Measurement of Electoral Behavior in Election Research: Online Experiments within Online Political Stock Markets
Björn Klein | Heinrich Heine Universität Düsseldorf | Germany
Election research studies have asked whether surveys influence the voters' electoral expectations about the election results and which effects have risen from these expectations of voting decisions. The theoretical assumptions (e.g. the bandwagon effect) have been empirically examined with different methodological designs. Experimental designs have been considered particularly relevant. The following points are critically seen in the previous experimental designs: the voters' electoral expectations about election results via questioning, the self-assessment can lead to errors; and from a chronological perspective, the measurement of the voters' electoral expectations takes place only once. Influences of survey dynamics could not be displayed.
Our studie questions whether experimental designs within Online Political Stock Markets (OPSMs) open up further methodological possibilities to investigate the impact of surveys on the expectations about election results. OPSMs operate according to the following principle of market logic: the convergence of many participants leads to realistic prices of objects. The goal of participants within OPSMs is to forecast the election result by exchange stocks of the parties. The exchange creates the price of the parties, which is interpreted as a forecast value.
In order to evaluate our question, in the period of May 1 to July 17, 2013, 413 active participants of the Handelsblatt OPSM on the national election 2013 in Germany were randomized and divided into four groups. These groups were shown different presentations of the parties’ survey results: group 0 (n=117) was shown no surveys; group 1 (n=97) was shown a survey trend over the course of 10 weeks; group 2 (n=94) was shown a survey trend over the course of 100 weeks; and group 3 (n=105) was shown a survey trend from a daily cross section. The values of the stimulus materials were calculated from the mean values of the current daily survey results. The daily number of trading activities, the kind of transaction, and the transaction price generated the dependent variables. The dynamics of the survey results are included as an intervening variable.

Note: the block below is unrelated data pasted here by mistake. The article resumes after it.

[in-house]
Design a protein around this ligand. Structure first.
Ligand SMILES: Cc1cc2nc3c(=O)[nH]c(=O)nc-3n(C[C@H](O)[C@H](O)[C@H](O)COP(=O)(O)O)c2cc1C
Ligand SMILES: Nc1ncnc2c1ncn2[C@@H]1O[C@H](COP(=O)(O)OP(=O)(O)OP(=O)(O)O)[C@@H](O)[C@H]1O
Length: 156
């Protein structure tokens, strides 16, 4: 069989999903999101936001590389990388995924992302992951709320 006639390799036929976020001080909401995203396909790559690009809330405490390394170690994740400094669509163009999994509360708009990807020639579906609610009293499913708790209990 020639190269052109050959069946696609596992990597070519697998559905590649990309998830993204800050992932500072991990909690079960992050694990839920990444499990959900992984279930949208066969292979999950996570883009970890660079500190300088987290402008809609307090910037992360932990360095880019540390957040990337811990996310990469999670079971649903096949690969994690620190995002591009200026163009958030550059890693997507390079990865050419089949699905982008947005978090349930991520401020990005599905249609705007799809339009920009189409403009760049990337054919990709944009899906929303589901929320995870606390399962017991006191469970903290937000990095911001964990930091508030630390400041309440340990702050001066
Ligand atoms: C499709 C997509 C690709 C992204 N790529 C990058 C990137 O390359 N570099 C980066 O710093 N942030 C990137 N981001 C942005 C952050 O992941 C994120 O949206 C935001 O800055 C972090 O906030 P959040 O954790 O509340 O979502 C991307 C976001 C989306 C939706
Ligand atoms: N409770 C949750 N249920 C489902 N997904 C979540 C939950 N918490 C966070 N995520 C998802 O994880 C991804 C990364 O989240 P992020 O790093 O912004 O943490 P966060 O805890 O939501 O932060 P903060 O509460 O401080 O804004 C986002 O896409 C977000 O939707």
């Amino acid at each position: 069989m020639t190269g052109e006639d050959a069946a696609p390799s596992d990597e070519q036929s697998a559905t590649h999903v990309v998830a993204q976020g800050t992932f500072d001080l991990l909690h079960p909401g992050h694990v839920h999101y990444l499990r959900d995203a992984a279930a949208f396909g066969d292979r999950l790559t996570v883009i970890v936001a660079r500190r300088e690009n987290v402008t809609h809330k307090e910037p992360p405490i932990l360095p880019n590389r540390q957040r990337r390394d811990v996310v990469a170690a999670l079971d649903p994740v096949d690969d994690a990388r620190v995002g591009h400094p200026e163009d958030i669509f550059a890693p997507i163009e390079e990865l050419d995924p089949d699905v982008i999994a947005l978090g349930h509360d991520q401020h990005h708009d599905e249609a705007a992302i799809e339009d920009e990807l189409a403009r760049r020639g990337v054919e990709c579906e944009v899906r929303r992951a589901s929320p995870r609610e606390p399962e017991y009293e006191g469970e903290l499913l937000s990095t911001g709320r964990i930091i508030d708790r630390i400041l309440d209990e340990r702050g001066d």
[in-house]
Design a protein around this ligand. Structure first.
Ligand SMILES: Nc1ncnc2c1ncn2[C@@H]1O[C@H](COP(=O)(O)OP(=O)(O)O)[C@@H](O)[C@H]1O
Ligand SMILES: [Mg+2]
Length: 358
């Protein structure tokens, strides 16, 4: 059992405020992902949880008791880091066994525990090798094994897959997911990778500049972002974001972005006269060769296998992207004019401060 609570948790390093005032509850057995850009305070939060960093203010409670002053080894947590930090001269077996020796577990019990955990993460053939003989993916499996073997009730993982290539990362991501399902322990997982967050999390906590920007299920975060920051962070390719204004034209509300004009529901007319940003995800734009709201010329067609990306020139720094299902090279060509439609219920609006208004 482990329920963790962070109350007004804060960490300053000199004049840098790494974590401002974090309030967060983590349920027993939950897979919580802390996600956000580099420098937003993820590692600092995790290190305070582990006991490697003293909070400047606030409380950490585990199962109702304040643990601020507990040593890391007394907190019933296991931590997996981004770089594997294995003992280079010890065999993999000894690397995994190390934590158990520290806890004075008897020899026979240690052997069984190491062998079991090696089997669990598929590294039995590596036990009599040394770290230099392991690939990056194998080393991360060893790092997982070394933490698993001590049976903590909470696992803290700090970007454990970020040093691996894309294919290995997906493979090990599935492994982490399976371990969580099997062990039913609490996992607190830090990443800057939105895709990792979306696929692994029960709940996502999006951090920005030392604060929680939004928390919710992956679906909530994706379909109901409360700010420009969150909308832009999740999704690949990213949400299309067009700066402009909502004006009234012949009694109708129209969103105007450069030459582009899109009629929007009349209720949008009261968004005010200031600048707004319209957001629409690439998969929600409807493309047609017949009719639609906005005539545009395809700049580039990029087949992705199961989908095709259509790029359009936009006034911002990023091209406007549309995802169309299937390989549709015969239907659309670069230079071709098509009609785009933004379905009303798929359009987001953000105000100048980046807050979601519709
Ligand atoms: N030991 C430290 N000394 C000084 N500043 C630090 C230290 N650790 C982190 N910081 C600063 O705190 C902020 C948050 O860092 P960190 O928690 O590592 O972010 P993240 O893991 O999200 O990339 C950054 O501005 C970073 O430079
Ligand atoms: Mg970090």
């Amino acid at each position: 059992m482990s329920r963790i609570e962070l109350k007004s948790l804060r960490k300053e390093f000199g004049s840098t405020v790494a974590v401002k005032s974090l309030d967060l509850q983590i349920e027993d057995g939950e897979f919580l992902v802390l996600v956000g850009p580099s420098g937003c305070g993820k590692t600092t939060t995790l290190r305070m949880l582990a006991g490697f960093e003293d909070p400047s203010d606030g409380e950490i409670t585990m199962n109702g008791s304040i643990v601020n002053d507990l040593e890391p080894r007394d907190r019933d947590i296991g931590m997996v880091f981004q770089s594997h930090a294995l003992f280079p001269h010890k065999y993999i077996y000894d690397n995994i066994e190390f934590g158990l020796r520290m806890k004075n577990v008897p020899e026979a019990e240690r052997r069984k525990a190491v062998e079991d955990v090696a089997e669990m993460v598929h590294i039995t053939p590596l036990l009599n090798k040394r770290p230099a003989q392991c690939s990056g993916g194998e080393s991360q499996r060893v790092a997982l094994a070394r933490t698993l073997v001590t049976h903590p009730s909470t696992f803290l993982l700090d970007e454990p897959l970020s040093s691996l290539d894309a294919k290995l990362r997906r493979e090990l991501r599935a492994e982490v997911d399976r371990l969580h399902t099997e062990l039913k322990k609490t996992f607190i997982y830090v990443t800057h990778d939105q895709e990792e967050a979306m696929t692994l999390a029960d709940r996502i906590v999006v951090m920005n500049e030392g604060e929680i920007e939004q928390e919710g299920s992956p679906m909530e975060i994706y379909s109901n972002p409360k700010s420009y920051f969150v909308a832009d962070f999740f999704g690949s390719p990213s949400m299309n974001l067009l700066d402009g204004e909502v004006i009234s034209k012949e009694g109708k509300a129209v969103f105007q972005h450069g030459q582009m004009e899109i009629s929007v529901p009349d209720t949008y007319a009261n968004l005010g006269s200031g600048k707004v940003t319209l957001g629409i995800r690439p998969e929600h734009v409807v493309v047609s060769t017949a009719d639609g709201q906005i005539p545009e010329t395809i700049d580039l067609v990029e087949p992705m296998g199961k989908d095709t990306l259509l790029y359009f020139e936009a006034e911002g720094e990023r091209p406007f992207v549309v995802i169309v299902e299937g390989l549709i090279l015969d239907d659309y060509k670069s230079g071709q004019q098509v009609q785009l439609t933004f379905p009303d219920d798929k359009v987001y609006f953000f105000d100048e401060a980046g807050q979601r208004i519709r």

The results show that the trading activities of the four groups were different. Participants who were not shown any survey results traded 48.5 percent of all transactions (group 0 mean value=69 trading activities/group member), which was more than any of the other groups that were shown different forms of surveys (group 1 mv=20; group 2 mv=31; group 3 mv=35). In addition, the data-analytic temporal subdivision shows that dynamics in the survey values of the parties had an effect on the trading activities and the price of the stocks of the respective parties (group 1-3). If the survey values were changed, more stocks of the parties were traded, and the price of the stocks became more favorable or more expensive.
Contrary to previous experimental designs, the voters' electoral expectations could be measured in form of real actions as a result of knowledge or non-knowledge about survey results. Temporal dynamics of different expectations could also be mapped during the long-term experimental period.